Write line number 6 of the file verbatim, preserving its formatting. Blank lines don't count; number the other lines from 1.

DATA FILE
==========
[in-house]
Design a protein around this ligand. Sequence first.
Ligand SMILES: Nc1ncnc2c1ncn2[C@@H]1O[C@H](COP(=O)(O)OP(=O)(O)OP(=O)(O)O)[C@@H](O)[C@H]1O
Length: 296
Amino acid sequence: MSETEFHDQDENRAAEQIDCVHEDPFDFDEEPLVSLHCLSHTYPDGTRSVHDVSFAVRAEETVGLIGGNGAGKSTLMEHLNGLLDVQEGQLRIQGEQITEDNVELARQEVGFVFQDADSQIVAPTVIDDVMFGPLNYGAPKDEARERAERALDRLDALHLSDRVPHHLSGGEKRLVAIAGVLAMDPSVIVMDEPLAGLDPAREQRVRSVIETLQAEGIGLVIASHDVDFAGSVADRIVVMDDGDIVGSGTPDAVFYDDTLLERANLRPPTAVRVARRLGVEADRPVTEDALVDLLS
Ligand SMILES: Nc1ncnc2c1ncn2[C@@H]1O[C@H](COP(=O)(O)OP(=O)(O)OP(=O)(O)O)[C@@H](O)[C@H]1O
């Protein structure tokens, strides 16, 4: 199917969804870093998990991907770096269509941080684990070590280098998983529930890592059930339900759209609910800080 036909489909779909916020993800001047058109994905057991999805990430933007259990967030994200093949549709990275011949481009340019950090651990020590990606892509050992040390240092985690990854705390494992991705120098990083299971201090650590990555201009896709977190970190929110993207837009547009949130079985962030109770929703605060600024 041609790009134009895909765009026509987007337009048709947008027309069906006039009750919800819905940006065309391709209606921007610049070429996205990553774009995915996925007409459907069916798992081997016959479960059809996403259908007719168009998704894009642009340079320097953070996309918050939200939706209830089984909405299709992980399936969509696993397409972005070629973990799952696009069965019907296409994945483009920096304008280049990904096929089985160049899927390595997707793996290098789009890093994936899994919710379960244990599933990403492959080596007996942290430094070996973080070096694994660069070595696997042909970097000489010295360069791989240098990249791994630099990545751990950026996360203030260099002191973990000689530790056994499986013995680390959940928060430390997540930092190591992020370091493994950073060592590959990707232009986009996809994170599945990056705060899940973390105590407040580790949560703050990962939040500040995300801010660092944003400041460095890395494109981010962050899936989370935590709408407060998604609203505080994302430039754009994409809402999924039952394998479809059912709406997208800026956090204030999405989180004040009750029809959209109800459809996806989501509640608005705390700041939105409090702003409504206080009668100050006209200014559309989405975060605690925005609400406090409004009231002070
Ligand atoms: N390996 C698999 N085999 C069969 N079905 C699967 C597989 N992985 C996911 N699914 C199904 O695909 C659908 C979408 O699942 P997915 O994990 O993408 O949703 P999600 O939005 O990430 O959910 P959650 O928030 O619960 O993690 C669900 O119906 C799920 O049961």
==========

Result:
Ligand SMILES: Nc1ncnc2c1ncn2[C@@H]1O[C@H](COP(=O)(O)OP(=O)(O)OP(=O)(O)O)[C@@H](O)[C@H]1O